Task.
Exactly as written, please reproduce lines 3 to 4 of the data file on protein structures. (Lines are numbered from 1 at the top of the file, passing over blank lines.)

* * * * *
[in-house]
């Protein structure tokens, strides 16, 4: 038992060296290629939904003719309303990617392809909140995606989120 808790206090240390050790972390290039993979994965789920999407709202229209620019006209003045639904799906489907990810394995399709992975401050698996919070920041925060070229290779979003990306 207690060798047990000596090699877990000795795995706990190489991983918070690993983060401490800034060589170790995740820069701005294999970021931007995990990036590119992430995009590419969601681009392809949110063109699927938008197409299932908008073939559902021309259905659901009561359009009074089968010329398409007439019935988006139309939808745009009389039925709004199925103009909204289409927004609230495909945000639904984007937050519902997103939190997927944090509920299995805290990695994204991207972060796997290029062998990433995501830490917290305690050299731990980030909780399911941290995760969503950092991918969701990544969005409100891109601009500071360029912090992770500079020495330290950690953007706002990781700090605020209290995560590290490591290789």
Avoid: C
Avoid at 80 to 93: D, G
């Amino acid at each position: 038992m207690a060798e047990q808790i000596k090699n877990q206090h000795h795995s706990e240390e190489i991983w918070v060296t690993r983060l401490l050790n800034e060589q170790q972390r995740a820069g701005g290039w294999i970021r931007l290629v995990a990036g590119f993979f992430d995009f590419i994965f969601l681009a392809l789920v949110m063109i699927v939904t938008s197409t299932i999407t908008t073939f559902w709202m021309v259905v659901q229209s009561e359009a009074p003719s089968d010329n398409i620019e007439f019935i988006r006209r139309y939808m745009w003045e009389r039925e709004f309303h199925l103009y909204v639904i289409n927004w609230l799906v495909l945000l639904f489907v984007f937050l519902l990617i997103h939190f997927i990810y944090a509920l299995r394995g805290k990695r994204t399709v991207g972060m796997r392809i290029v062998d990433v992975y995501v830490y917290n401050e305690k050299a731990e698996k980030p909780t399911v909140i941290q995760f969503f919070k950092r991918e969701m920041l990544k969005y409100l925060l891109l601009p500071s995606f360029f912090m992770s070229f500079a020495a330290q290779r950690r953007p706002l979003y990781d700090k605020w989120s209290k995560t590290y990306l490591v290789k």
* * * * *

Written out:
Avoid: C
Avoid at 80 to 93: D, G